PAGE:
Last week, I broke up with my electrical contractor. I need to see what other contractors offer and I want to look out for my best training interests.
My manager was pissed: I was punished for being the rat fleeing a sinking ship; or I was some kind of traitor because I wasn’t blithely waiting around. He called at the end of the day last Friday said, “I had work for you on Monday, but I heard you want to go to another shop. Which is it?” It felt like it was too late for me to accept bona fide electrical work from him. If he truly had a work assignment for me, I would have happily taken it. However, just the day before, he told me: 1) there wasn’t much on the horizon, but he’d let me know as soon as there was; 2) three other company apprentices were sitting out and waiting for work to pick up; 3) there were over 60 apprentices waiting for work through the training center; 4) the field is flooded with electricians right now because travelers are clamoring for a huge project in our area. He made it sound like I had no other choice but to stay loyal and wait. Read the rest of this entry »
This is the first week I’ve been “on the hook” and I don’t like it one bit. Work has slowed down to the point of my construction manager telling me, “We have no work for you, but we’ll call you as soon as something comes up.” Basically, I am receiving an unannounced furlough of indeterminate length or, through different lenses: unpaid vacation days. I like the sound of the latter much better. This is known as “staying on the hook” or “being on the hook”. Even though it would be easier and more comfortable to go with the flow and marry myself to this shop, I’m shaking myself outside my comfort zone and begging the apprentice training center to rotate me to a different contractor. Besides, I was never good at sitting around, waiting for the phone to ring! Read the rest of this entry »
Recently, I spent about two weeks working with the same journeyman. He looked like an overweight and scruffy version of Tom Selleck or Burt Reynolds. (ok, really – he just sported the 70’s mustache and had a full head of brown hair) He loved his cigarettes, couldn’t drink coffee – opted for hot cocoa instead – and when he was in a joking mood, would hold his pot belly and say, “Yup, this has been honestly bought and paid for!” In his moodier and more melodramatic moments (which hit frequently and without prediction), he either yelled at pieces of equipment that weren’t installing easily, vented his low opinion of our office bidder/estimator or grumbled about how tired he was of “all this shit.” He was a process-out-loud kind of guy who got frazzled when all the variables of our trade didn’t pull together smoothly. And I couldn’t quite gauge his humor. One minute, he fervently told me he cared more about accuracy than speed. The next minute, he’d stomp into my work area with a scowl and say, “We’re not crafting a watch, you know!” or “Making a career out of that or what?” At the end of our project, he handed me a cable termination tool and said, “Here! This is for you. You can probably use it soon.” Then he stomped off. Read the rest of this entry »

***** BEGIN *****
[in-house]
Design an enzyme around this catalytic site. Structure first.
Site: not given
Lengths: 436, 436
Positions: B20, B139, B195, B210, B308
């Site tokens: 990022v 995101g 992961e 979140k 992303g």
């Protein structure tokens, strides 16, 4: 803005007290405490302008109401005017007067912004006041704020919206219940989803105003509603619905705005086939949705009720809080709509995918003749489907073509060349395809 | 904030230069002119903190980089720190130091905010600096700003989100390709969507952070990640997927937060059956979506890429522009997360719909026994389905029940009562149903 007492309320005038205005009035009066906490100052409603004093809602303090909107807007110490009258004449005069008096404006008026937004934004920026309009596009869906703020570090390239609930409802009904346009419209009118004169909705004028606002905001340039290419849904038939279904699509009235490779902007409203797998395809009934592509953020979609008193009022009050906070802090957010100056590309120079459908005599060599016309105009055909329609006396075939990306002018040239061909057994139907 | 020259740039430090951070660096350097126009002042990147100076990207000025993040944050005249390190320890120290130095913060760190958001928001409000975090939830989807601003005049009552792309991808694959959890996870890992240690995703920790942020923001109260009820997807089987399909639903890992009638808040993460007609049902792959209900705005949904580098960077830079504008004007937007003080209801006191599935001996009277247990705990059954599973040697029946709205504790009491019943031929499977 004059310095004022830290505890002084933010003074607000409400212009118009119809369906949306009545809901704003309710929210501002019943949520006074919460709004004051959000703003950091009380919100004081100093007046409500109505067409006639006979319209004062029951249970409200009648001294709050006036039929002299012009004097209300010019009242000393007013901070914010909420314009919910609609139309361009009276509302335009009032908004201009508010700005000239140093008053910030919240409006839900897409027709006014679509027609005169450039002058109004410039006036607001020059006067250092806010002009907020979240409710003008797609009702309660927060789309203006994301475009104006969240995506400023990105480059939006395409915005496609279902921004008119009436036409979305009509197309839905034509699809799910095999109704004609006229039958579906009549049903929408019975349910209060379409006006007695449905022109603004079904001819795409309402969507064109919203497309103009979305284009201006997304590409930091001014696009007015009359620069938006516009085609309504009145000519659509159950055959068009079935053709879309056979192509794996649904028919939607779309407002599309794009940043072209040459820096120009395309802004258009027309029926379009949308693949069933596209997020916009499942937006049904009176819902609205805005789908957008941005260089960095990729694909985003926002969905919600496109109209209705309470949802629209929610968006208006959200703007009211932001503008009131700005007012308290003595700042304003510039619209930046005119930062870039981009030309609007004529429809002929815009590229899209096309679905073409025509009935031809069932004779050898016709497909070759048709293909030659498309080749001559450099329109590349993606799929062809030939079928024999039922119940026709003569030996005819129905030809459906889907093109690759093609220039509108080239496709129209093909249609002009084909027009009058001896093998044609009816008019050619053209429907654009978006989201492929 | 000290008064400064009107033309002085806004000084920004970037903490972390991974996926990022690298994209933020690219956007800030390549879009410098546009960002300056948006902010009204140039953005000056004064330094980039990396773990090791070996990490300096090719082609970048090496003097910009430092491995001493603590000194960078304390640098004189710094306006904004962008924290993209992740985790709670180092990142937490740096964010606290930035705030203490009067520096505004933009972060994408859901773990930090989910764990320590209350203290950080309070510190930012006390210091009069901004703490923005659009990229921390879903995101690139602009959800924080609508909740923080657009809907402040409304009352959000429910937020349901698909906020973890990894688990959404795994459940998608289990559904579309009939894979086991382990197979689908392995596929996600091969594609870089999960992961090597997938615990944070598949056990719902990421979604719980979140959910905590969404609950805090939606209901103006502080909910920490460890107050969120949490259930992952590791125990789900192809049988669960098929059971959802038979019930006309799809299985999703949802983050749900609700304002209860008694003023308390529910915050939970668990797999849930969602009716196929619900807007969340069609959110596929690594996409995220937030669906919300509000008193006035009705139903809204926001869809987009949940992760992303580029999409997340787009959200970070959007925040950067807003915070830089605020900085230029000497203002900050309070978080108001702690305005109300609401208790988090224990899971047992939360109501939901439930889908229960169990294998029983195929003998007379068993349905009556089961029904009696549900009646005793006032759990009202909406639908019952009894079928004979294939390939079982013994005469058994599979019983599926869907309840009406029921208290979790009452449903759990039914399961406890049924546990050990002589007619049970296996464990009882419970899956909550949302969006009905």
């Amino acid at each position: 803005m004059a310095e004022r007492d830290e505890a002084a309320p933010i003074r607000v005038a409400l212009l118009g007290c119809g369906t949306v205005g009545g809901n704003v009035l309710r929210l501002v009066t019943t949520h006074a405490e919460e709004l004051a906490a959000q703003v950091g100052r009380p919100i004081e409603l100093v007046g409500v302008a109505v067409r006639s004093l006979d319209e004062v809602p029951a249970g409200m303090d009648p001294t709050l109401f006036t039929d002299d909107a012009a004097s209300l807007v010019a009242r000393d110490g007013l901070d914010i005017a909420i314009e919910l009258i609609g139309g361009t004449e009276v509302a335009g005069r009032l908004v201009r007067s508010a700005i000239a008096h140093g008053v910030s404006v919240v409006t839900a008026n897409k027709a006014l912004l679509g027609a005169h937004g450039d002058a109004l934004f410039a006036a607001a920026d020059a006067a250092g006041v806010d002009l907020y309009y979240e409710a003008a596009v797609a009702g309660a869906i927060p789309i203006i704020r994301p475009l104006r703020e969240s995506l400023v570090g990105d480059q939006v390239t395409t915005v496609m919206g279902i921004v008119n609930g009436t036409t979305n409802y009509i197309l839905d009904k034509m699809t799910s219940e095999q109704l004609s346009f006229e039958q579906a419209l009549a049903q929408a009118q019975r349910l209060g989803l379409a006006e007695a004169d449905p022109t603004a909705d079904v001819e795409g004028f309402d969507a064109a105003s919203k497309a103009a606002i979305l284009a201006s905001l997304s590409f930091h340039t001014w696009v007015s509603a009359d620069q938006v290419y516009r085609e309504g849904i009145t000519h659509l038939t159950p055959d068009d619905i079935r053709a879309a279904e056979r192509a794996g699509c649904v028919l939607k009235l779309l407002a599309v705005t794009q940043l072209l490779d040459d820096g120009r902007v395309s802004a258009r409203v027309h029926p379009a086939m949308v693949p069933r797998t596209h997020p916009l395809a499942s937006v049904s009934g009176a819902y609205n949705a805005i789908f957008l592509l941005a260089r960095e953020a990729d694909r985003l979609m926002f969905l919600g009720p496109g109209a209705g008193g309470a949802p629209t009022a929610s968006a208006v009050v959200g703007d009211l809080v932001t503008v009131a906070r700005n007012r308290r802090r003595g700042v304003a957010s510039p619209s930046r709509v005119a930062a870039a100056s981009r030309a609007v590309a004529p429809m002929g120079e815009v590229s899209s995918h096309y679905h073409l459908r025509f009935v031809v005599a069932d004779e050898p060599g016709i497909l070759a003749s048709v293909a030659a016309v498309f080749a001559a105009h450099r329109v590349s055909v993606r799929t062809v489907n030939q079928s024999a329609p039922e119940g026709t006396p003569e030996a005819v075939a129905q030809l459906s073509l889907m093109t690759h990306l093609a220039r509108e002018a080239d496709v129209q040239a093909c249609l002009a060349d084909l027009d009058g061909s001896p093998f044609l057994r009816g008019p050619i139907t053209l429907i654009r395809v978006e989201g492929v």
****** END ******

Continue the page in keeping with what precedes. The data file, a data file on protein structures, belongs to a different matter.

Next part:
Last week after work, I peed in a cup for a $50 bonus. It’s my fourth time, which means I’ve earned $150 so far (no bonus pay the first time). My union and my employer must be serious when they tout their Drug Free Workplace Policy. We call them “whiz quizzes” and only get the $50 once the results yield a clean urine sample.
Supposedly, the test-positive rate in our industry/union is less than 1%. (I think this is for our region and not nationwide.) Any individual who tests positive is obligated to undergo an evaluation and treatment program.
For me last week, I was accompanied by a co-worker. Both of us had just returned to the shop from vacation and both of us were handed a slip of paper with instructions, locations and the “random” box checked. Read the rest of this entry »